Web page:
Hardware Accelerated GPU Scheduling Coming to the Windows 10 May 2020 Update
GPU scheduling affects everything you do on a Windows 10 device. Current Windows Display Driver Model (WDDM) drivers perform scheduling in software. But new generation GPUs and drivers will shift scheduling from software to hardware, leading to less latency and overhead.
WDDM buffering and latency
WDDM traditionally uses a high-priority thread on the CPU that coordinates, prioritizes, and schedules requests for processing from applications. The overhead caused by this model is usually masked by applications in the form of a buffer that minimizes the scheduling load and maintains CPU/GPU parallelism.
But one side effect of the buffering model is that end users experience increased latency, making apps and the OS feel less responsive. Apps need to make a tradeoff between smaller buffers to reduce latency or larger buffers to lower overhead.
Hardware-accelerated GPU scheduling in Windows 10
Starting in the Windows 10 May 2020 Update (version 2004), users with WDDM version 2.7 drivers or later can opt to enable hardware-accelerated GPU scheduling if their GPU supports it.
Say Goodbye to Traditional PC Lifecycle Management
Traditional IT tools, including Microsoft SCCM, Ghost Solution Suite, and KACE, often require considerable custom configurations by T3 technicians (an expensive and often elusive IT resource) to enable management of a hybrid onsite + remote workforce. In many cases, even with the best resources, organizations are finding that these on-premise tools simply cannot support remote endpoints consistently and reliably due to infrastructure limitations.
Enabling the option in the Settings app, under System > Display > Graphics Settings, forces Windows to offload most scheduling to a dedicated GPU-based scheduling processor. The option to enable hardware-accelerated GPU scheduling in the Settings app will only appear if both hardware and driver support it.
Windows Insider A/B driver testing
Because hardware-accelerated GPU scheduling is such a fundamental change to the graphics driver model, Microsoft is taking a careful approach to rollout. Windows Insiders on the Dev and Beta Channels will be exposed to WDDM v2.7 drivers as they are made available by vendors.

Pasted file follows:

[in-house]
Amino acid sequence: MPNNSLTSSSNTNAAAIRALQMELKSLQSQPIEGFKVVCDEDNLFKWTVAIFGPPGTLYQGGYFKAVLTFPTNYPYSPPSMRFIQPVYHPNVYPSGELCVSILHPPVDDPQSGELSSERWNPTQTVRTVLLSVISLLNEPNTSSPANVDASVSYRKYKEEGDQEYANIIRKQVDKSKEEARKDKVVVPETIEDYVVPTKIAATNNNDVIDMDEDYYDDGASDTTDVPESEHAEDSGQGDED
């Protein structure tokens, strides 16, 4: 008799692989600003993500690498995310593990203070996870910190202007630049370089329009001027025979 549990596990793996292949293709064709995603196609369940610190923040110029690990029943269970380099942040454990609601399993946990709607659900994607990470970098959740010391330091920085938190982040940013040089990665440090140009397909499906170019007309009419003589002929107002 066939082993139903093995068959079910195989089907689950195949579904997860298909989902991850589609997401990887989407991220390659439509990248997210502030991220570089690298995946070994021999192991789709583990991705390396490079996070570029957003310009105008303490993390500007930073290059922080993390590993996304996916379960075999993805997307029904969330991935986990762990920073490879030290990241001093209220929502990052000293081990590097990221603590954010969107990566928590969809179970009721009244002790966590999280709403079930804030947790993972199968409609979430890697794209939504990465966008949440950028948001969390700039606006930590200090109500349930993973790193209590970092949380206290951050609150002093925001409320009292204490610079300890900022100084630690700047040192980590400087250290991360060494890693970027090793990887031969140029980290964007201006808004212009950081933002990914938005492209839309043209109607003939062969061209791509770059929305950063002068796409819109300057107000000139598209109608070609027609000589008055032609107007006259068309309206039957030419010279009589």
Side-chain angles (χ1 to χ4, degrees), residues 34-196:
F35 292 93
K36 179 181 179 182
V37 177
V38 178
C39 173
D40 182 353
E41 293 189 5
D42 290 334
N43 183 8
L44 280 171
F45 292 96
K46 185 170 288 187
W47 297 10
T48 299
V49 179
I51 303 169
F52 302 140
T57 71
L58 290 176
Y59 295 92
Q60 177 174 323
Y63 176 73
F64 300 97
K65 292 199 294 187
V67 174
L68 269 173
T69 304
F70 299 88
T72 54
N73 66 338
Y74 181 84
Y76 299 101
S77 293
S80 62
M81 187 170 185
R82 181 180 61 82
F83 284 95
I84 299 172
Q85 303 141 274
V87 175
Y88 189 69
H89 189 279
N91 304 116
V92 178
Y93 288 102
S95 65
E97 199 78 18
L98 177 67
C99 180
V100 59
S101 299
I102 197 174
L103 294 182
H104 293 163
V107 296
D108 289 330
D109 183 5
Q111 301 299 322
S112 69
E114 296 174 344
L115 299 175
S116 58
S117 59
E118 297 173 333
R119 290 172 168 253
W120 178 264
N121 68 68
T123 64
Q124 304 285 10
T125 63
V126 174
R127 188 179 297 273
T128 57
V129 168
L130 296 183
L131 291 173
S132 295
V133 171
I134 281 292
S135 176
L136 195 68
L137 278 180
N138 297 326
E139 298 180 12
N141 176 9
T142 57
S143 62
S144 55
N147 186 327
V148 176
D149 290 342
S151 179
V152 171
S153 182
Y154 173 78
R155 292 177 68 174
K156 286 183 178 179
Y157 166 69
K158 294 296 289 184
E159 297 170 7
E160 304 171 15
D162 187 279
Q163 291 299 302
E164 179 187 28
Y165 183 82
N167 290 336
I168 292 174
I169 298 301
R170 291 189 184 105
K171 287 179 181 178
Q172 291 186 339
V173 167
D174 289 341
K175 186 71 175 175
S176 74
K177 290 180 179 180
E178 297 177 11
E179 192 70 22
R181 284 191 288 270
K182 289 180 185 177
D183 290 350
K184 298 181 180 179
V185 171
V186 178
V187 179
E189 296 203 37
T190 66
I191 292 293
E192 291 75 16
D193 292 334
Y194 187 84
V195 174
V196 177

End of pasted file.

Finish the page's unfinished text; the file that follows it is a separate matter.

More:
Microsoft is silently enabling hardware-accelerated GPU scheduling for some Insiders only, so that there is a mix of users with and without the new scheduler. This lets Microsoft collect telemetry data and compare how systems with the old GPU scheduler perform against those with the new scheduler turned on. Microsoft will examine telemetry like:
- Kernel crashes
- User mode crashes
- GPU hangs
- Limited set of performance metrics
When a driver has completed enough testing on Insider devices and proven that it is reliable and performant, Microsoft will it on Windows Update for all Windows 10 May 2020 Update and later users. But because the hardware ecosystem is so large, hardware-accelerated GPU will be turned off by default to make sure that it doesn’t cause problems on devices that weren’t tested as part of the Insider pool.
Drivers supporting hardware-accelerated GPU scheduling
Both Nvidia and AMD have announced support for hardware-accelerated GPU scheduling. AMD’s Radeon Software Adrenalin 2020 Edition 20.5.1 Beta includes support for Radeon RX 5600 and Radeon RX 5700 series graphics products.
Nvidia also announced support with the release of its new GeForce Game Ready 451.48 WHQL driver. Intel doesn’t support hardware-accelerated GPU scheduling in its latest DCH drivers but it is looking to include support in future releases.
What does hardware-accelerated GPU scheduling mean for business users?
Not much at the moment. If you have a compatible GPU and driver, you shouldn’t notice any significant change with hardware-accelerated GPU scheduling enabled because most applications are designed to mask scheduling using a buffer.
The aim of the initial changes in the Windows 10 May 2020 Update is to provide a basis on which application performance can be improved in the future. I would expect Microsoft to leverage hardware-accelerated GPU scheduling in its Edge browser, the Windows GUI, and Office suite of desktop apps.
Microsoft isn’t saying what it has planned for the new scheduling feature, so we’ll have to wait and see how it affects real-world performance as and when apps are updated to support it. But anything that improves performance and potentially leads to a more efficient OS can only be a good thing.